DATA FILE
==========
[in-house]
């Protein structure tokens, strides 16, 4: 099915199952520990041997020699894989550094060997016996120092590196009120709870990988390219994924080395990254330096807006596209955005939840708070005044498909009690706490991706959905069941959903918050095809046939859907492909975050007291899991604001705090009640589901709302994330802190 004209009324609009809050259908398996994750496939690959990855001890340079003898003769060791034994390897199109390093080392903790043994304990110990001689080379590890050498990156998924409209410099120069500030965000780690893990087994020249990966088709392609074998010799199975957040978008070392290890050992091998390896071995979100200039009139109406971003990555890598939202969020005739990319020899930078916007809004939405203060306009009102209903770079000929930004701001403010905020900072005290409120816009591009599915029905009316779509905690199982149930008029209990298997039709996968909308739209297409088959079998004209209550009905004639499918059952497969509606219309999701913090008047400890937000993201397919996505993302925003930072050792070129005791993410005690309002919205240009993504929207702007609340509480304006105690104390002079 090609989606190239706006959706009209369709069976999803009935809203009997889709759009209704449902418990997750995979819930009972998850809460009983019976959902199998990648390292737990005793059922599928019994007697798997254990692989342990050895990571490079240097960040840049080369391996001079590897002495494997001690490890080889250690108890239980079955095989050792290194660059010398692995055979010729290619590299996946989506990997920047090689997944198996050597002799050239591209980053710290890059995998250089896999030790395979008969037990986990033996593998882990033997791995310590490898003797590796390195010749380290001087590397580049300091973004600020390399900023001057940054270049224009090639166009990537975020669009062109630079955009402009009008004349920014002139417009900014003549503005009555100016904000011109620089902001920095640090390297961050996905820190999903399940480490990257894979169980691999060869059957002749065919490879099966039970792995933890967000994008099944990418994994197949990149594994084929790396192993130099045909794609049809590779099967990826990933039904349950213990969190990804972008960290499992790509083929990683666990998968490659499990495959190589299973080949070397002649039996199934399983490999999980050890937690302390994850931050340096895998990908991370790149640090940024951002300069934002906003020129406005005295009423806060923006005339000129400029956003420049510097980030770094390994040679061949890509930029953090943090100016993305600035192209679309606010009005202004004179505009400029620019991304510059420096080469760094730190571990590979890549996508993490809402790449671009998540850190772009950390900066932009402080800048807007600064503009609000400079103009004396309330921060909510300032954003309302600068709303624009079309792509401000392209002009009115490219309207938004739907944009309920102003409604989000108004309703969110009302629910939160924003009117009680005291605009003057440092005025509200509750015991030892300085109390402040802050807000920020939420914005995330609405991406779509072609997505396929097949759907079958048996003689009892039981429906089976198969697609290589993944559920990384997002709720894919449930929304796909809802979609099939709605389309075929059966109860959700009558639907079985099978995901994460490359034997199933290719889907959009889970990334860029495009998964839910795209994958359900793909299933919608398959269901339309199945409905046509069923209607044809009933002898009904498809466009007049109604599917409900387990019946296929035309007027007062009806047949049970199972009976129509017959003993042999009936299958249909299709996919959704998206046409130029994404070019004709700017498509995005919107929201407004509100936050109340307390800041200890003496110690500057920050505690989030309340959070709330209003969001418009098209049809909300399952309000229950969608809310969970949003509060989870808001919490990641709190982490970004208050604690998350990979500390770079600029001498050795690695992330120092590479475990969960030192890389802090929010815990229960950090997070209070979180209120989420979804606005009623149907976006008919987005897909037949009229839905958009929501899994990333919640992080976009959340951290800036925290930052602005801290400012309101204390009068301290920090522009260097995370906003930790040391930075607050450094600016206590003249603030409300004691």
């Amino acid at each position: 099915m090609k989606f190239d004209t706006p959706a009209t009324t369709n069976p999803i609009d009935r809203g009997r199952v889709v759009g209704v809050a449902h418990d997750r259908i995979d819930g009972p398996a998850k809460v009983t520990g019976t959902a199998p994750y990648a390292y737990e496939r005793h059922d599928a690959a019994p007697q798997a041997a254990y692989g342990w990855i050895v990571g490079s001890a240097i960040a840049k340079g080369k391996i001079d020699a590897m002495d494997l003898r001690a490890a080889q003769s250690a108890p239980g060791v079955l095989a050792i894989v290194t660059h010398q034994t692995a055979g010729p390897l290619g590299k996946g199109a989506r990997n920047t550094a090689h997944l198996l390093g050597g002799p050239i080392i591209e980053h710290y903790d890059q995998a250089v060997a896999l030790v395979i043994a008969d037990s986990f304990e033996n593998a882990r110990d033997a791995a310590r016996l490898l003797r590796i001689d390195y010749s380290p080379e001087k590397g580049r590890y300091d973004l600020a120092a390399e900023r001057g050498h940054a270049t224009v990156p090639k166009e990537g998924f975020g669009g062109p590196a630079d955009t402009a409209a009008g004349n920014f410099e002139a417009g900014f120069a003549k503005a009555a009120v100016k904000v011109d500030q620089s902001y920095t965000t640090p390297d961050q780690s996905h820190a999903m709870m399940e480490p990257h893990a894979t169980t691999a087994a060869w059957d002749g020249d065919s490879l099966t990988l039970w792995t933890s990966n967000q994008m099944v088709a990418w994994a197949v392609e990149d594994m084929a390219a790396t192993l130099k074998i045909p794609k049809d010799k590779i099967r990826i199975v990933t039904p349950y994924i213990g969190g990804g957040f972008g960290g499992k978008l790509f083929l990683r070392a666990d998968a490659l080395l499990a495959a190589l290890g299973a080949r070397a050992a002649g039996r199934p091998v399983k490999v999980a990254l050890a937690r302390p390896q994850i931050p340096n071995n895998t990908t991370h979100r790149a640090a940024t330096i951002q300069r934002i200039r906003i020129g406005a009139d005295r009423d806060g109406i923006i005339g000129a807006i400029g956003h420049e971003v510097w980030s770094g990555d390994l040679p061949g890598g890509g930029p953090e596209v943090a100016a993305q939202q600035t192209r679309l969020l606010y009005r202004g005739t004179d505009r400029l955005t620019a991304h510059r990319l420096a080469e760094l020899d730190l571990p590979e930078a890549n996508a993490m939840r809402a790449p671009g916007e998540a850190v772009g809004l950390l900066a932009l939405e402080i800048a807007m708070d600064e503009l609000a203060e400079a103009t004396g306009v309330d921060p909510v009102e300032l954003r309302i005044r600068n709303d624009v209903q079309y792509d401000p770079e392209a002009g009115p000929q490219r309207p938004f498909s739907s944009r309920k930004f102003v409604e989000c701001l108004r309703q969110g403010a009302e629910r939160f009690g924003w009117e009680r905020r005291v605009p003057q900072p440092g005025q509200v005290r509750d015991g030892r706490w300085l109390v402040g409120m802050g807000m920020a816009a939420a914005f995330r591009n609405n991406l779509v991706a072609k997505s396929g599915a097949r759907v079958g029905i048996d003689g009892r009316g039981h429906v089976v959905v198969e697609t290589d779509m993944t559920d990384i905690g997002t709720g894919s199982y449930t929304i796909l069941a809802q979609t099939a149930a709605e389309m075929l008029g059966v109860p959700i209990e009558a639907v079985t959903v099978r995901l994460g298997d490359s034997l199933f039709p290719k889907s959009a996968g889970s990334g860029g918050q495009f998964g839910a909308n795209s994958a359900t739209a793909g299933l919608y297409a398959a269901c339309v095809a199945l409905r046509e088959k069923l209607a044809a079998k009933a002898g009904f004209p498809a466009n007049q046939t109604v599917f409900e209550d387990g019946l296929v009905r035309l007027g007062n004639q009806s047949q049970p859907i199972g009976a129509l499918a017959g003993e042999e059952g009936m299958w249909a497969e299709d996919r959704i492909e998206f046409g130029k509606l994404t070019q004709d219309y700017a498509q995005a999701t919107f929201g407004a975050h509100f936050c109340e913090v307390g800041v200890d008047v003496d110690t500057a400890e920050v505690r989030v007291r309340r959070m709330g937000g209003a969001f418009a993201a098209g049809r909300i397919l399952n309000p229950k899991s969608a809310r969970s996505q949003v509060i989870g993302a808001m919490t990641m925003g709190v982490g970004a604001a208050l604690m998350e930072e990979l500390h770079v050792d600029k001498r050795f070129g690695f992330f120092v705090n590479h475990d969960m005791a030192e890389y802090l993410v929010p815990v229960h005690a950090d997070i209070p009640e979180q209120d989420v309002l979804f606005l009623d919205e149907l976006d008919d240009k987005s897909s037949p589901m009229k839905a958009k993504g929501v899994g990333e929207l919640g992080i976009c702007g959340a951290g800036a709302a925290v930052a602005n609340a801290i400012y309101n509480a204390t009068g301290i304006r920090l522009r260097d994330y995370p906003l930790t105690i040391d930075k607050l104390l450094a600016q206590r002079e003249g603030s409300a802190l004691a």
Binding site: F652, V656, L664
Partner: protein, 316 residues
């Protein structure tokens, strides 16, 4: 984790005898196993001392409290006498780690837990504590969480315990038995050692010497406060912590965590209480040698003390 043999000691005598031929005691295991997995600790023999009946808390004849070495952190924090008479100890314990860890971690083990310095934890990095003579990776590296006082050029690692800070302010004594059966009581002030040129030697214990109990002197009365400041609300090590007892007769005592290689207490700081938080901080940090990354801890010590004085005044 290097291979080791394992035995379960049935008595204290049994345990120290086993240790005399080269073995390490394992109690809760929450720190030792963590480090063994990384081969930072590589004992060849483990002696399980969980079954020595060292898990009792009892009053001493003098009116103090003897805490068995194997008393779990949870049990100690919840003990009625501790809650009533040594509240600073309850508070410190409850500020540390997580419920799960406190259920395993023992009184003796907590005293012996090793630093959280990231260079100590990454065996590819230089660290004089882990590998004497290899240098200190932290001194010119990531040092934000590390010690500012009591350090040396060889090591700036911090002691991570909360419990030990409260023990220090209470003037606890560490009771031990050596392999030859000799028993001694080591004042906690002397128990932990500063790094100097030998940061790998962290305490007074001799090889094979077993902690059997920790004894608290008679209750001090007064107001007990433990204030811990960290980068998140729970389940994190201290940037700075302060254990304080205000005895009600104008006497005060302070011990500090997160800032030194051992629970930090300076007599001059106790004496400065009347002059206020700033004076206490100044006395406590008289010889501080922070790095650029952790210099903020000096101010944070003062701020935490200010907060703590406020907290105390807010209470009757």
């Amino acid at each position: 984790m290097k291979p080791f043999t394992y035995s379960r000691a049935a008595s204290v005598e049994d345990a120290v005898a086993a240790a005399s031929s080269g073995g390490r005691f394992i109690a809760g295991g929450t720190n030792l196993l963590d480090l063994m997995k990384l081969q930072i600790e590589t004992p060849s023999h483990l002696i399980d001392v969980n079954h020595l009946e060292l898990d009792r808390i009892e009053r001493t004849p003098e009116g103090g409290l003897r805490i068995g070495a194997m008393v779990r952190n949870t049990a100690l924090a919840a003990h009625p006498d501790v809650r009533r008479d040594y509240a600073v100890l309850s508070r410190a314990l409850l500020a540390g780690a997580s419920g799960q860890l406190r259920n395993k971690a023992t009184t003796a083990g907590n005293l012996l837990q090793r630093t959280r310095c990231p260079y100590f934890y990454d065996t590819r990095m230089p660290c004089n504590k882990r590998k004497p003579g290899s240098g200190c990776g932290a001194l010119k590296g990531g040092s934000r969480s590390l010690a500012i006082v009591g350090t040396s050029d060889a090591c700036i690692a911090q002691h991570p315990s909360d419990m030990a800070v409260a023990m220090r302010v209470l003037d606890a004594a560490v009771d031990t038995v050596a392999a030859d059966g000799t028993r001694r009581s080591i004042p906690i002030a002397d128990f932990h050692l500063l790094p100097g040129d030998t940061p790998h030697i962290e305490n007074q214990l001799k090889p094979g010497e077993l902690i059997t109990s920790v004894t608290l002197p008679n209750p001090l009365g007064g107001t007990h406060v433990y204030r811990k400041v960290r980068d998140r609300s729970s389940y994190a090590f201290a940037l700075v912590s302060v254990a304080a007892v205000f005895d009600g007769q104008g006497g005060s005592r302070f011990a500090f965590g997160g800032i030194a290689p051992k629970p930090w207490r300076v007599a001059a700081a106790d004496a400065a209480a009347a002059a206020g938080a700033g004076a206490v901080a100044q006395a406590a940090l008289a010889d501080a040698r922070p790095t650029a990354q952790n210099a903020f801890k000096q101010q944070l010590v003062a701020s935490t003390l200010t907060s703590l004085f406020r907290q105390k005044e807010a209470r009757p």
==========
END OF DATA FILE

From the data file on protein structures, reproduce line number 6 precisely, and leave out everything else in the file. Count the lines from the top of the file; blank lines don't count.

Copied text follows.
């Protein structure tokens, strides 16, 4: 984790005898196993001392409290006498780690837990504590969480315990038995050692010497406060912590965590209480040698003390 043999000691005598031929005691295991997995600790023999009946808390004849070495952190924090008479100890314990860890971690083990310095934890990095003579990776590296006082050029690692800070302010004594059966009581002030040129030697214990109990002197009365400041609300090590007892007769005592290689207490700081938080901080940090990354801890010590004085005044 290097291979080791394992035995379960049935008595204290049994345990120290086993240790005399080269073995390490394992109690809760929450720190030792963590480090063994990384081969930072590589004992060849483990002696399980969980079954020595060292898990009792009892009053001493003098009116103090003897805490068995194997008393779990949870049990100690919840003990009625501790809650009533040594509240600073309850508070410190409850500020540390997580419920799960406190259920395993023992009184003796907590005293012996090793630093959280990231260079100590990454065996590819230089660290004089882990590998004497290899240098200190932290001194010119990531040092934000590390010690500012009591350090040396060889090591700036911090002691991570909360419990030990409260023990220090209470003037606890560490009771031990050596392999030859000799028993001694080591004042906690002397128990932990500063790094100097030998940061790998962290305490007074001799090889094979077993902690059997920790004894608290008679209750001090007064107001007990433990204030811990960290980068998140729970389940994190201290940037700075302060254990304080205000005895009600104008006497005060302070011990500090997160800032030194051992629970930090300076007599001059106790004496400065009347002059206020700033004076206490100044006395406590008289010889501080922070790095650029952790210099903020000096101010944070003062701020935490200010907060703590406020907290105390807010209470009757």